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Shanghai Girls: A Novel (Hardcover)


by Lisa See Lisa See (Author)

Book Description

For readers of the phenomenal bestsellers Snow Flower and the Secret Fan and Peony in Love--a stunning new novel from Lisa See about two sisters who leave Shanghai to find new lives in 1930s Los Angeles.

May and Pearl, two sisters living in Shanghai in the mid-1930s, are beautiful, sophisticated, and well-educated, but their family is on the verge of bankruptcy. Hoping to improve their social standing, May and Pearl’s parents arrange for their daughters to marry “Gold Mountain men” who have come from Los Angeles to find brides.

But when the sisters leave China and arrive at Angel’s Island (the Ellis Island of the West)--where they are detained, interrogated, and humiliated for months--they feel the harsh reality of leaving home. And when May discovers she’s pregnant the situation becomes even more desperate. The sisters make a pact that no one can ever know.

A novel about two sisters, two cultures, and the struggle to find a new life in America while bound to the old, Shanghai Girls is a fresh, fascinating adventure from beloved and bestselling author Lisa See.

A bit of a departure from earlier novels, but no less compelling, March 26, 2009
By z hayes (plano,texas)


I'm a fan of Lisa See's two earlier novels, "Snow Flower and the Secret Fan" and "Peony in Love", both of which were set in 19th and 17th century China respectively. In "Shanghai Girls", the author moves the setting of the novel to Shanghai and later to the US. Lisa See paints a vivid portrait of life in pre-World War II Shanghai and takes the reader on an unforgettable journey through the Japanese invasion of China and its aftermath.

The protagonists in this novel are two sisters - Pearl and May. Pearl is the older sister, born in the auspicious Year of the Dragon, yet frowned upon by her Baba [father] who dislikes her tall appearance. Pearl is also educated, having completed college, and is proficient in a few languages and dialects. In contrast, younger sister May, born in the Year of the Sheep, is shorter yet lovely, and has only managed to complete high school. Yet, for all Pearl's accomplishments, it is May that is the apple of her parent's eyes, and uses this partiality to her advantage. Both sisters live a life of privilege, yet they work as 'beautiful girls' posing for pictures used in ads and posters and earn a good living. This may appear surprising given their parent's conservative outlook [the girls' mother has bound feet], yet not altogether strange as later events bring to light the family's dire financial straits.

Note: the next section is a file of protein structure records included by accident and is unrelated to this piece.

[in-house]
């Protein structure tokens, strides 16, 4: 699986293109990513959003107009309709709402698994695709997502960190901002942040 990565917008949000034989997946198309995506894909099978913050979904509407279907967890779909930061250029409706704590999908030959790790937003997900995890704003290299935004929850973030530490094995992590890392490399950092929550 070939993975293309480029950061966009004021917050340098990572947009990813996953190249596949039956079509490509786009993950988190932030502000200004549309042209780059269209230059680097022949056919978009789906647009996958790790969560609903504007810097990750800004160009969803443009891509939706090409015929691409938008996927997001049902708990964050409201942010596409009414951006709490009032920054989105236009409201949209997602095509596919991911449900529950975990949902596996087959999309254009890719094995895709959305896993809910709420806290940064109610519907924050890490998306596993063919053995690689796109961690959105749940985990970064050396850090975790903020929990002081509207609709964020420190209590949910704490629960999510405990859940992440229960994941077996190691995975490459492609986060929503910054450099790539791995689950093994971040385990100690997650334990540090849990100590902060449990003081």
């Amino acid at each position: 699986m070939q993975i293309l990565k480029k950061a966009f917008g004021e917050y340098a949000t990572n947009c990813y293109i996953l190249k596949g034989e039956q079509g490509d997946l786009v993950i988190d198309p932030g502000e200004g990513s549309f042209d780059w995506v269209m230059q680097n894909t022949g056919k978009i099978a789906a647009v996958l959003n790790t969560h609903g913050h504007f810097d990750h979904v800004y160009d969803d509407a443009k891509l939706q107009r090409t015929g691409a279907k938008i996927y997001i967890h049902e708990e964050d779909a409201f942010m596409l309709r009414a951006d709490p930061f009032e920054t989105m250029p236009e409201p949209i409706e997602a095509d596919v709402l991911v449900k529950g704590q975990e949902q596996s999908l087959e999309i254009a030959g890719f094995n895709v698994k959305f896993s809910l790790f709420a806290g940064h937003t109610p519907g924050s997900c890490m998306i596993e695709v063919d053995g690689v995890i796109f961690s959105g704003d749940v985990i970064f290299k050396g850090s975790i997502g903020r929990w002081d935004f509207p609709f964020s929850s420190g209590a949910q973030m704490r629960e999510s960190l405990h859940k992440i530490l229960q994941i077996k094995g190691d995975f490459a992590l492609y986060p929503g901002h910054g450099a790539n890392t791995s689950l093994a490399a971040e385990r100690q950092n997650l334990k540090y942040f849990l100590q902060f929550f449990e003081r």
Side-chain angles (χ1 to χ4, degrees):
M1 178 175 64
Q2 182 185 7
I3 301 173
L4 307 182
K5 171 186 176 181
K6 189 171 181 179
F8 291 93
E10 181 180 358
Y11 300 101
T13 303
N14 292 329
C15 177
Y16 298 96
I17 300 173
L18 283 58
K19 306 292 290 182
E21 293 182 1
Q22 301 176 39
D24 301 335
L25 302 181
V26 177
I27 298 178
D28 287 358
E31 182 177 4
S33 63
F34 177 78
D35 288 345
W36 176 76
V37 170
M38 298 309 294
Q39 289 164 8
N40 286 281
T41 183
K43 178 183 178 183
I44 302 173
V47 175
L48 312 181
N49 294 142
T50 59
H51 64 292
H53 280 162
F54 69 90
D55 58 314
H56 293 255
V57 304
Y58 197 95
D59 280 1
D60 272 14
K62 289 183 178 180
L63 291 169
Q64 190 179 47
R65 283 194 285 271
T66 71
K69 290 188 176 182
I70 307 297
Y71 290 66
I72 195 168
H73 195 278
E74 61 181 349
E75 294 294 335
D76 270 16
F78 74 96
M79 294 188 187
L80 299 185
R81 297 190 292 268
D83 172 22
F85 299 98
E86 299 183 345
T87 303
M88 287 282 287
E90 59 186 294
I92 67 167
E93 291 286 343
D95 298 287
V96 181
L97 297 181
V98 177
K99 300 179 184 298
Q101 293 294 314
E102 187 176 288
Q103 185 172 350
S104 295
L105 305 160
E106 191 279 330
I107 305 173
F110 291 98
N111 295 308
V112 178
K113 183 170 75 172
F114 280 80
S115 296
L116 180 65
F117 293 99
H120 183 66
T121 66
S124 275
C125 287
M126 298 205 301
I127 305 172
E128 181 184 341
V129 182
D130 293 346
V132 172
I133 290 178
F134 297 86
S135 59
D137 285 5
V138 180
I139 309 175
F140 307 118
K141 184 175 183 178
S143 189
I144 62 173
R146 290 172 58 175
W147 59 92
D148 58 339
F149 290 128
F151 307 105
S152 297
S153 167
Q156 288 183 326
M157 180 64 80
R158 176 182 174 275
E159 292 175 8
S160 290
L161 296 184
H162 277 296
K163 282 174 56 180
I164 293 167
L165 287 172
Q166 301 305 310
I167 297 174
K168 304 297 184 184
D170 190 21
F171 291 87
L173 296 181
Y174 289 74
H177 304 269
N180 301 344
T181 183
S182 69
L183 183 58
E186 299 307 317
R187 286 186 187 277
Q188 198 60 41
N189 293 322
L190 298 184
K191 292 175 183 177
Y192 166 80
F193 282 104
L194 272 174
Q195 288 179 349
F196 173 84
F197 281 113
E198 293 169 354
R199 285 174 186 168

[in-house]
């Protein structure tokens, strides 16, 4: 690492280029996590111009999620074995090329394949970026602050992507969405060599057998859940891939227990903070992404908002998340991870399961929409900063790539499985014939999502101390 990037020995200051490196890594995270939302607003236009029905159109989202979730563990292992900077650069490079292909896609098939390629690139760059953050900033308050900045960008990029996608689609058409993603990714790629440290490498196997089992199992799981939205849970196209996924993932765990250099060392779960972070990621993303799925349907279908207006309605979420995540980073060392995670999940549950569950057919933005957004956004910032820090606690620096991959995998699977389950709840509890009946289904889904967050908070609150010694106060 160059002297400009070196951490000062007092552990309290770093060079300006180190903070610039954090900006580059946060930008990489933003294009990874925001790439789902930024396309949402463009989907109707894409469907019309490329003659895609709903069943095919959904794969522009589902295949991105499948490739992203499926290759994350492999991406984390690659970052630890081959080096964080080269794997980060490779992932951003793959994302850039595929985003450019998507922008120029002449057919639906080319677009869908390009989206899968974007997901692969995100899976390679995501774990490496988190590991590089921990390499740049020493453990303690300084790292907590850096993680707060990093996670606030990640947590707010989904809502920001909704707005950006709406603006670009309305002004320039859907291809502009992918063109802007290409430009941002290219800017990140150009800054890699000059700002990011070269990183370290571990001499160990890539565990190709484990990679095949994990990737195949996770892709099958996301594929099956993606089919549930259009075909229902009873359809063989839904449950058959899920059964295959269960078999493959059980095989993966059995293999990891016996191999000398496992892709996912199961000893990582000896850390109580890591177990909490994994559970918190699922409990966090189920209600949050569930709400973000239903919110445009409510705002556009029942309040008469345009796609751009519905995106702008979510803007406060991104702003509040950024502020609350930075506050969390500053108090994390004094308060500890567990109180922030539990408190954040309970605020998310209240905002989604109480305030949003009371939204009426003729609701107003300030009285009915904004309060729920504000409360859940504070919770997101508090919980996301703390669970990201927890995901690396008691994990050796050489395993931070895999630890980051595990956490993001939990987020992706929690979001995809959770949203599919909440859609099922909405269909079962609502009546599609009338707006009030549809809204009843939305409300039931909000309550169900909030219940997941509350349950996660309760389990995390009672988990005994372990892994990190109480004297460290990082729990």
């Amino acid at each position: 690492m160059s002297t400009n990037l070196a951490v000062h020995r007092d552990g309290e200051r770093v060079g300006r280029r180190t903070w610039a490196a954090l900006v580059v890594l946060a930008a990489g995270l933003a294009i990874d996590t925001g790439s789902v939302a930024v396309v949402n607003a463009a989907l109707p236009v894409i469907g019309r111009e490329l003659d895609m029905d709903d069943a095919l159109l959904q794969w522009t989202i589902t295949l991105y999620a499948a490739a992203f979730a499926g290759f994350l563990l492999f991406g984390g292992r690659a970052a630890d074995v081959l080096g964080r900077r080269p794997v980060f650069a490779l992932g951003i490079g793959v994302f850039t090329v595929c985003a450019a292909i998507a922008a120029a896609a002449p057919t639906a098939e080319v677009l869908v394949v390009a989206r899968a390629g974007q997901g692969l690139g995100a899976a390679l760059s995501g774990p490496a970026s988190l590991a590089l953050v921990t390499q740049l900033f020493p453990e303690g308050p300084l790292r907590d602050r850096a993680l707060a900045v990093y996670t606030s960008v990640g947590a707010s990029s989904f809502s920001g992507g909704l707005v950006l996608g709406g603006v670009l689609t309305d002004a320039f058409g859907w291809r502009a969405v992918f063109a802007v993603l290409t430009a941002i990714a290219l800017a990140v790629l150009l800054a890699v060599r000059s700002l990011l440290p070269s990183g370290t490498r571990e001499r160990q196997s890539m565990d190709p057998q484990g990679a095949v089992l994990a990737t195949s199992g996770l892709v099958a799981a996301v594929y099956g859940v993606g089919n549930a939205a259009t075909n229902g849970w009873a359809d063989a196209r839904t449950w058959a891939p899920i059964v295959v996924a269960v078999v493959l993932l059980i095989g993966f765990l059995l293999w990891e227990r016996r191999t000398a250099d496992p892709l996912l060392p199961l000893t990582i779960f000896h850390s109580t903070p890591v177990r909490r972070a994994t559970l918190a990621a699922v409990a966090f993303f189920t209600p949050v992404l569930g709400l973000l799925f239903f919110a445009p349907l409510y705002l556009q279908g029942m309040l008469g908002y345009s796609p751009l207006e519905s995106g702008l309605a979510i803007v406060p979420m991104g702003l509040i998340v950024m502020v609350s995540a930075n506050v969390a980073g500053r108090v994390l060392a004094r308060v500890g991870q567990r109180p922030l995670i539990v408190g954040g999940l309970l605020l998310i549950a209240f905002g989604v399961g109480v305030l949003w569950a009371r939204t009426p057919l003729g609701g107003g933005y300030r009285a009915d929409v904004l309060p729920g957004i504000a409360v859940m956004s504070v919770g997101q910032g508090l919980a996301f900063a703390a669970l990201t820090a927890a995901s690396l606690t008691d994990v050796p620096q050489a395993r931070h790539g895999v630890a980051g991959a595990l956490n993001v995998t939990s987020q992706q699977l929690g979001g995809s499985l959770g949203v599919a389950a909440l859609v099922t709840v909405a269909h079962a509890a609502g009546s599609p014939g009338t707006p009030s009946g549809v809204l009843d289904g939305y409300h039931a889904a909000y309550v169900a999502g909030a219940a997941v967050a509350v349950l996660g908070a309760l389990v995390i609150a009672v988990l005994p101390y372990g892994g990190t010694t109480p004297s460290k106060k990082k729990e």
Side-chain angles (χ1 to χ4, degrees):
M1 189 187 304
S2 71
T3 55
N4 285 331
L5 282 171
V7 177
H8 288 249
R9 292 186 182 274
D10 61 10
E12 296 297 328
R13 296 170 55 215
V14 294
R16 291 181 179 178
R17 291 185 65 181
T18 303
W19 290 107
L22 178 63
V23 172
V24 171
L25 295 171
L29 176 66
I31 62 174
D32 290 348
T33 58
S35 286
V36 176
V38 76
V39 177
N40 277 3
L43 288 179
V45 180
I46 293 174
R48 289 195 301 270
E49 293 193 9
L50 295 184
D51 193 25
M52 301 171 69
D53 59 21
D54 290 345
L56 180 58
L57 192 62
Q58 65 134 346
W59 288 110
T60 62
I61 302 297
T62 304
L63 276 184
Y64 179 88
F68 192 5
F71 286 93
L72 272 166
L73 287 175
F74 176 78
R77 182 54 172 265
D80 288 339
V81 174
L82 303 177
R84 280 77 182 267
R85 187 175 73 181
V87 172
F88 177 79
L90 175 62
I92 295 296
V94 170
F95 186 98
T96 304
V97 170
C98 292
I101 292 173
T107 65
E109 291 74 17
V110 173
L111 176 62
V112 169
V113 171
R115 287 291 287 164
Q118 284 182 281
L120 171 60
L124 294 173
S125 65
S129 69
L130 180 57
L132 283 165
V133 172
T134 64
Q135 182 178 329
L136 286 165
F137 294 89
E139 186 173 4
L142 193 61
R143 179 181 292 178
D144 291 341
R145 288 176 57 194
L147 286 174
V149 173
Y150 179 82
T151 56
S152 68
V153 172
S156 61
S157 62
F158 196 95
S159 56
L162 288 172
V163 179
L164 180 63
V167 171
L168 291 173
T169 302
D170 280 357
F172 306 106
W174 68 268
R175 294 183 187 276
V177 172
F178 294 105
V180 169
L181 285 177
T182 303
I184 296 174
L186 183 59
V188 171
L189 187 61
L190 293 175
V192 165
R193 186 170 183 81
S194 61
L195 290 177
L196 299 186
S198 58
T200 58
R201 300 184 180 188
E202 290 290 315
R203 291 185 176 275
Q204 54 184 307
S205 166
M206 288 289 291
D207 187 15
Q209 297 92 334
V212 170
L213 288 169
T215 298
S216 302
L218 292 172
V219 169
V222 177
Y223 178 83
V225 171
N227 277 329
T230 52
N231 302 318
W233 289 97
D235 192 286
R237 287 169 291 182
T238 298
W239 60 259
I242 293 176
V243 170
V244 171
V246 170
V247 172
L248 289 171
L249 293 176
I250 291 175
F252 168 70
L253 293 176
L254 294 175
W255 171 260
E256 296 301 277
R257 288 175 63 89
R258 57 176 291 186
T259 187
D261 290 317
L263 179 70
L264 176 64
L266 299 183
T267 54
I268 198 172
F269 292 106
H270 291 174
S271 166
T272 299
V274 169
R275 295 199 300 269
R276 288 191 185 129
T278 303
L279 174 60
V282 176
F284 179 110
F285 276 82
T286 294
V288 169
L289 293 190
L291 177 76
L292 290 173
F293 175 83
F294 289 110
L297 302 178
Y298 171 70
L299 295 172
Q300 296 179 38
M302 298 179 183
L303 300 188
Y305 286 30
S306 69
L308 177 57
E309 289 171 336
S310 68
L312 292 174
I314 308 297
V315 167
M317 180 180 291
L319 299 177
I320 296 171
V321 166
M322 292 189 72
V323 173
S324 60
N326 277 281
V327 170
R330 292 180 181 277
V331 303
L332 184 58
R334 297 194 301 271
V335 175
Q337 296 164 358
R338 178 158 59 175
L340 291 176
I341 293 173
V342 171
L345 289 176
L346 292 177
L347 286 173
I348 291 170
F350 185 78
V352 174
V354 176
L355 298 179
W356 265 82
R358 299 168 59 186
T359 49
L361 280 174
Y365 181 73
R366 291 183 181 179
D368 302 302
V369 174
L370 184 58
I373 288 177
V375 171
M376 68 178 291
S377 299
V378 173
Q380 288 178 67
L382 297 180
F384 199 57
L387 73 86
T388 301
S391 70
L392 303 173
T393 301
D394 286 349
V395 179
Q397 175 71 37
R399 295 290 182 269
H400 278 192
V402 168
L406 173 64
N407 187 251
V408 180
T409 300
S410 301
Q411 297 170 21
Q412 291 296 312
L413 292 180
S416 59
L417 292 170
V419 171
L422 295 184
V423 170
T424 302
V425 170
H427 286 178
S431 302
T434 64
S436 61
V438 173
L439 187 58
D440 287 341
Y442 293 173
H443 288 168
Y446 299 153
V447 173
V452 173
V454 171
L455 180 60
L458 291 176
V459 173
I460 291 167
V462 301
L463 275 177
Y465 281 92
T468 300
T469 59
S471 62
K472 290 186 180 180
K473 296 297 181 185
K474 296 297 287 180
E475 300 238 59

When the girls are told their father has huge debts and has decided to marry them off to a pair of brothers, Gold Mountain Men residing in LA [men who have left China to go to America to seek their fortunes, returning to find China Brides], they realize their days of freedom are over and decide to revolt. Unfortunately, the Japanese invasion of Shanghai puts an end to any of their plans. Fleeing the Japanese is not without its horrors and ultimately Pearl and May find themselves alone except for one another.

Even after leaving China, the pair find their situation is still dire as upon arrival in the United States, Pearl and May are detained on Angel's Island for months undergoing untold suffering. They finally meet their 'spouses' but life for the sisters still has many trials in store, and a secret shared between them threatens their future.

"Shanghai Girls" is a well-woven narrative that flows well and Lisa See credibly evokes the bond between two sisters, whose love for one another is strong, yet also fraught by rivalries. This is not just a story about siblings for it is also about the clash between East and West as the sisters struggle to find their footing in a new world, even as the bonds of their old world remain strong. Lisa See is truly a gifted author for being able to portray both the old world of 17th and 19th century China [as seen in Peony and Snow Flower] and the new as seen in "Shanghai Girls". Final verdict: a compelling read.

Emotional Rollercoaster, April 4, 2009
By NuJoi "nujoikitchendiary.blogspot.com/" (Chicago, IL United States)


I was tired when I finished the book. It was one of those where I had to stay up one night to finish it because when I tried to put it down, the story kept turning over in my head. I had an honest like and dislike for some of the characters. I do have to admit that part of me kept wondering what else could go wrong as the story progressed.

The most striking thing about this book was that it is the first time that I, as an African-American, could feel the effects of discrimination against another people. The author is able to really make you feel what the characters feel. Additional kudos goes to the author for illustrating how dangerous it is to see things from only one point of view. Ever story has at least two sides.

Aside from wondering how much more hardship could possibly befall the family, I found the book to be an excellent read. I highly recommend it for anyone who wants a challenging read.

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